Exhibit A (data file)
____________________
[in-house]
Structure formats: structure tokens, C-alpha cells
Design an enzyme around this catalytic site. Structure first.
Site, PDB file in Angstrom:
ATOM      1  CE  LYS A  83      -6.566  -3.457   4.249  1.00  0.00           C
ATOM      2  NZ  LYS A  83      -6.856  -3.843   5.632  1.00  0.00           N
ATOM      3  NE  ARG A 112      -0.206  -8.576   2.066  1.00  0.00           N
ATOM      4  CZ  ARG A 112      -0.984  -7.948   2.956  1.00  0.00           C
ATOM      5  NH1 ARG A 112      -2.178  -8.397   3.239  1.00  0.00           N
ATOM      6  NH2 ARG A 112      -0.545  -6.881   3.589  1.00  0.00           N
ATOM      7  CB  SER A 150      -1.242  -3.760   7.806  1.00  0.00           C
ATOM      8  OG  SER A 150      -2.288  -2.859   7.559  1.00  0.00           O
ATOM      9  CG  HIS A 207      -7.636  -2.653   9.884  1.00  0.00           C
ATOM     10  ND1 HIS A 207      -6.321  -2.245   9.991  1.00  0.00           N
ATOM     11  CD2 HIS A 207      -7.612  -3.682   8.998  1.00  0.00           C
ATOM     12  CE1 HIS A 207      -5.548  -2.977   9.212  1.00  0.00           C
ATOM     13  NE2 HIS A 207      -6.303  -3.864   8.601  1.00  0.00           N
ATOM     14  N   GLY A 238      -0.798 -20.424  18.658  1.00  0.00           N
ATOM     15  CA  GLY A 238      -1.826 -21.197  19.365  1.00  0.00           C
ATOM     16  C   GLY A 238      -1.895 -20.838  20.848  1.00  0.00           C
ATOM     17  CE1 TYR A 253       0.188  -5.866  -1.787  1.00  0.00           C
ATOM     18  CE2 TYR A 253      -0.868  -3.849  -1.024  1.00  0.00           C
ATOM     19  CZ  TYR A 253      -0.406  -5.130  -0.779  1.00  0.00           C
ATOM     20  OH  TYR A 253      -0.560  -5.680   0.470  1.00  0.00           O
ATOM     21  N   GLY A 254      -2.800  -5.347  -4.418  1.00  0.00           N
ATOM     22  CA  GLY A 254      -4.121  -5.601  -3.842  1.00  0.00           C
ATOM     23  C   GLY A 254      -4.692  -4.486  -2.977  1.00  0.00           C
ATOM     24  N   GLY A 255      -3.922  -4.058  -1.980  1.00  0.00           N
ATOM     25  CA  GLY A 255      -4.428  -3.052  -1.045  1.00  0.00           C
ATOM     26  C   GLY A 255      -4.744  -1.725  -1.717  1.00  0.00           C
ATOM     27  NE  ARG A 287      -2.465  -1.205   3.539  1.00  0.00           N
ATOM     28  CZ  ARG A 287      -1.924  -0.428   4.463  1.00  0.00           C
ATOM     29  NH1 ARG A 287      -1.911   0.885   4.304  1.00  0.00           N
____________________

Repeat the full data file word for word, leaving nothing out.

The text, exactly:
[in-house]
Structure formats: structure tokens, C-alpha cells
Design an enzyme around this catalytic site. Structure first.
Site, PDB file in Angstrom:
ATOM      1  CE  LYS A  83      -6.566  -3.457   4.249  1.00  0.00           C
ATOM      2  NZ  LYS A  83      -6.856  -3.843   5.632  1.00  0.00           N
ATOM      3  NE  ARG A 112      -0.206  -8.576   2.066  1.00  0.00           N
ATOM      4  CZ  ARG A 112      -0.984  -7.948   2.956  1.00  0.00           C
ATOM      5  NH1 ARG A 112      -2.178  -8.397   3.239  1.00  0.00           N
ATOM      6  NH2 ARG A 112      -0.545  -6.881   3.589  1.00  0.00           N
ATOM      7  CB  SER A 150      -1.242  -3.760   7.806  1.00  0.00           C
ATOM      8  OG  SER A 150      -2.288  -2.859   7.559  1.00  0.00           O
ATOM      9  CG  HIS A 207      -7.636  -2.653   9.884  1.00  0.00           C
ATOM     10  ND1 HIS A 207      -6.321  -2.245   9.991  1.00  0.00           N
ATOM     11  CD2 HIS A 207      -7.612  -3.682   8.998  1.00  0.00           C
ATOM     12  CE1 HIS A 207      -5.548  -2.977   9.212  1.00  0.00           C
ATOM     13  NE2 HIS A 207      -6.303  -3.864   8.601  1.00  0.00           N
ATOM     14  N   GLY A 238      -0.798 -20.424  18.658  1.00  0.00           N
ATOM     15  CA  GLY A 238      -1.826 -21.197  19.365  1.00  0.00           C
ATOM     16  C   GLY A 238      -1.895 -20.838  20.848  1.00  0.00           C
ATOM     17  CE1 TYR A 253       0.188  -5.866  -1.787  1.00  0.00           C
ATOM     18  CE2 TYR A 253      -0.868  -3.849  -1.024  1.00  0.00           C
ATOM     19  CZ  TYR A 253      -0.406  -5.130  -0.779  1.00  0.00           C
ATOM     20  OH  TYR A 253      -0.560  -5.680   0.470  1.00  0.00           O
ATOM     21  N   GLY A 254      -2.800  -5.347  -4.418  1.00  0.00           N
ATOM     22  CA  GLY A 254      -4.121  -5.601  -3.842  1.00  0.00           C
ATOM     23  C   GLY A 254      -4.692  -4.486  -2.977  1.00  0.00           C
ATOM     24  N   GLY A 255      -3.922  -4.058  -1.980  1.00  0.00           N
ATOM     25  CA  GLY A 255      -4.428  -3.052  -1.045  1.00  0.00           C
ATOM     26  C   GLY A 255      -4.744  -1.725  -1.717  1.00  0.00           C
ATOM     27  NE  ARG A 287      -2.465  -1.205   3.539  1.00  0.00           N
ATOM     28  CZ  ARG A 287      -1.924  -0.428   4.463  1.00  0.00           C
ATOM     29  NH1 ARG A 287      -1.911   0.885   4.304  1.00  0.00           N